The increasing population poses a unique challenge to food availability. The national agriculture sector is expected to meet domestic food needs amid the threats of climate change.
This issue is also one of the targets in preparing for Golden Indonesia 2024. Therefore, there is a need for strategic cross-sector innovations to sustain Indonesia’s food production.
According to the Expert Staff for Connectivity in Service and Natural Resources Development, Coordinating Ministry of Economic Affairs, Dida Gardera, Indonesia needs to consider at least three crucial aspects as the 2023 Chair of ASEAN.
“These three key aspects are recovery and rebuilding, digital economy, and sustainability. Our economy has been resilient, with a 5% growth rate, which is extraordinary,” Gardera said.
“We are preparing to become an OECD member as part of a developed country. So, instead of being recipients, as usual, we must now be able to give more.”
One of the efforts to determine suitable strategies for agricultural issues is through research. Indonesia is known for its strong sense of kinship, reflected in its cooperative-based economic system. However, the development of cooperatives still needs to be improved.
“The anomaly in Indonesia lies in cooperatives. We are known for being friendly and communal, but cooperatives have never become large. Denmark, a country whose products now flood the world, initially started from cooperatives. The same goes for South Korea,” he added.
“Considering our strengths, we have enough potential to turn cooperatives into conglomerates. Hopefully, the agriculture sector can be the first to achieve that.”
Agricultural issues are also acknowledged by Professor Jamhari, a lecturer at the UGM Faculty of Agriculture, as a much more complex problem.
The demand in the agriculture sector is increasing because agricultural products are used for food and livestock feed, fuel, and fiber production. However, production is decreasing due to climate change. This is why the involvement of technology is crucial.
“When we look at it, farmers’ welfare is also squeezed. In the supply chain of agricultural products, the distribution system, the largest segment is in milling. So, farmers have not had substantial income from the beginning,” Professor Jamhari said.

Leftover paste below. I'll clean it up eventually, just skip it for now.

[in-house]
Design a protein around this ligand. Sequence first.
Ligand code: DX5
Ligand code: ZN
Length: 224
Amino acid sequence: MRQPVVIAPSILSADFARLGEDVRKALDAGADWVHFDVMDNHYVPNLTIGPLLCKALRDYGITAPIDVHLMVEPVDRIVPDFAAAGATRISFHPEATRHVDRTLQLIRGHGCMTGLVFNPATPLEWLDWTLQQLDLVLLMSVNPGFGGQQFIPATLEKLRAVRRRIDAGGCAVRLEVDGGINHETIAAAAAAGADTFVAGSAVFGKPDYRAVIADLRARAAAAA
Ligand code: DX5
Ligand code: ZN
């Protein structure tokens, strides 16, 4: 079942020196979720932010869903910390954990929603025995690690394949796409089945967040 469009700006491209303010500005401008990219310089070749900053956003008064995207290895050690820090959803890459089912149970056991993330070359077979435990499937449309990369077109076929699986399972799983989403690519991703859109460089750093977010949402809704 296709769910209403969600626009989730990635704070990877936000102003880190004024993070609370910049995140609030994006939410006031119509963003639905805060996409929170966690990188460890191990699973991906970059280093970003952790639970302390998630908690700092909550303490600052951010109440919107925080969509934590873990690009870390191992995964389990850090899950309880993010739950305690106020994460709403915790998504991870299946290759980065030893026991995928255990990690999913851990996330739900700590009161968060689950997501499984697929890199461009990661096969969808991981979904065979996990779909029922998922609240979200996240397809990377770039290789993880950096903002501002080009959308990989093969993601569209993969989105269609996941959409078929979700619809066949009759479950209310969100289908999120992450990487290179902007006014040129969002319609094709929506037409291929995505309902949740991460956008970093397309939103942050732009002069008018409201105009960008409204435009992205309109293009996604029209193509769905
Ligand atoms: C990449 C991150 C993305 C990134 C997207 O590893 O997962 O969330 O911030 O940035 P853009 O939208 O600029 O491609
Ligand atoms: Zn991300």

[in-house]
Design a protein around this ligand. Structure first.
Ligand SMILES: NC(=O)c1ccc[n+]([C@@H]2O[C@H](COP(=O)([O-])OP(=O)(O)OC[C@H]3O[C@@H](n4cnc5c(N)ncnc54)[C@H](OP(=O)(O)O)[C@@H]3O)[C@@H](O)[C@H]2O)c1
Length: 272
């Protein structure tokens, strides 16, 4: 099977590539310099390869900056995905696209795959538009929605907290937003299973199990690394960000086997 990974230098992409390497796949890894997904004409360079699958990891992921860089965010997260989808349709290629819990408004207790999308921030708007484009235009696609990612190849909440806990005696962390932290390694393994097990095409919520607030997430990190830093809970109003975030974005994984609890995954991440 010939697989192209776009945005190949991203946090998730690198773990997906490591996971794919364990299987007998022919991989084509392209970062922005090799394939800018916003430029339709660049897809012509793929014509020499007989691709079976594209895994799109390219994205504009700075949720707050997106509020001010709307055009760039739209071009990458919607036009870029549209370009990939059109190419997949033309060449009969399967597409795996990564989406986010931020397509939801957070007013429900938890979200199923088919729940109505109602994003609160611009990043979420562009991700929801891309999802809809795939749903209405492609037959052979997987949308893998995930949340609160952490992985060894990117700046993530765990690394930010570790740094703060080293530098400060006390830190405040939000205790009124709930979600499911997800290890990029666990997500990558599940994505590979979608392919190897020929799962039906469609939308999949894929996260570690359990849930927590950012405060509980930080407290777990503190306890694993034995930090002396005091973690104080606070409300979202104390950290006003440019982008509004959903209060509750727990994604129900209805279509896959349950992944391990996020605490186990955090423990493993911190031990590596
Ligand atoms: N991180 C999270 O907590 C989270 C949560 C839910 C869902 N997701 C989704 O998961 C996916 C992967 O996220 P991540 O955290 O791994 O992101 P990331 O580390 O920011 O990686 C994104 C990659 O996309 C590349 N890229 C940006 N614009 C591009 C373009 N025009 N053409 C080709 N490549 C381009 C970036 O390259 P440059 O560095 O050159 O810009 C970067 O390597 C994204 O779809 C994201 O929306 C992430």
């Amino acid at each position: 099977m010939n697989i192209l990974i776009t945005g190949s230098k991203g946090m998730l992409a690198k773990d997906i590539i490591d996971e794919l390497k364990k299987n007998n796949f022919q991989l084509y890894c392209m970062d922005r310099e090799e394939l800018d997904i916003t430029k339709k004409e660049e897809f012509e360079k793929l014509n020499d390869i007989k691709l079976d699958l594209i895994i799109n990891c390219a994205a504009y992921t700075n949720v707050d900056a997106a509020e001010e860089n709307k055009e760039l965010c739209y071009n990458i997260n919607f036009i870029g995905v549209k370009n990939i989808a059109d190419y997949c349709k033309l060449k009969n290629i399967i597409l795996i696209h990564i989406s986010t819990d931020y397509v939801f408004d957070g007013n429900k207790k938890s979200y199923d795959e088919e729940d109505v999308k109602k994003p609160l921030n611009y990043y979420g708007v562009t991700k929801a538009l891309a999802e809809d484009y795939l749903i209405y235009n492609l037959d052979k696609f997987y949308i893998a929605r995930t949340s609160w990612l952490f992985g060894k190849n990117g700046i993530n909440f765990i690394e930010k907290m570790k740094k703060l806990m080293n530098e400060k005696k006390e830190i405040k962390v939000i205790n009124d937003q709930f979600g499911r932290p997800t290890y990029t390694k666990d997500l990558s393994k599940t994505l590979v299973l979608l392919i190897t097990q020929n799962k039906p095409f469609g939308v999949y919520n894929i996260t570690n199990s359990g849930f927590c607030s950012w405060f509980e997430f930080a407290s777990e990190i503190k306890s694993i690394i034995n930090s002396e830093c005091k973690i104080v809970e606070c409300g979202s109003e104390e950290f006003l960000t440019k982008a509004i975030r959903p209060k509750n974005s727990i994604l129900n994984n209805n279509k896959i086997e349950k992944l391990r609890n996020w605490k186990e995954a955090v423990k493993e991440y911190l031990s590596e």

“Furthermore, farmers face an oligopoly market. Small farmers are confronted with larger input markets, but their output is small.”
Also, the agriculture sector is still managed mainly at the micro level. Management remains at the individual farmer level despite many farmer groups and communities.
Previously, the dominance was held by small landholding farmers, but the situation is now worse.
Agricultural census data reveals that 48% of farmland is managed by tenant farmers or under lease systems. Therefore, the farmers do not own the available farmland, and whether the distribution system is equitable is unclear.
“Currently, there are no longer small landholding farmers but tenant and small farmers. We do not have rules prohibiting people from renting land, which differs from countries that have undergone land reform. We have small tenant farmers, which is even more challenging,” Professor Jamhari added.
In order to address these issues, there needs to be collaboration between sectors and parties, both in terms of policy and from the community.
Agricultural technology penetration needs to be increased to help farmers withstand the onslaught of climate change. This way, efforts towards food security can also be realized, and its sustainability can be maintained.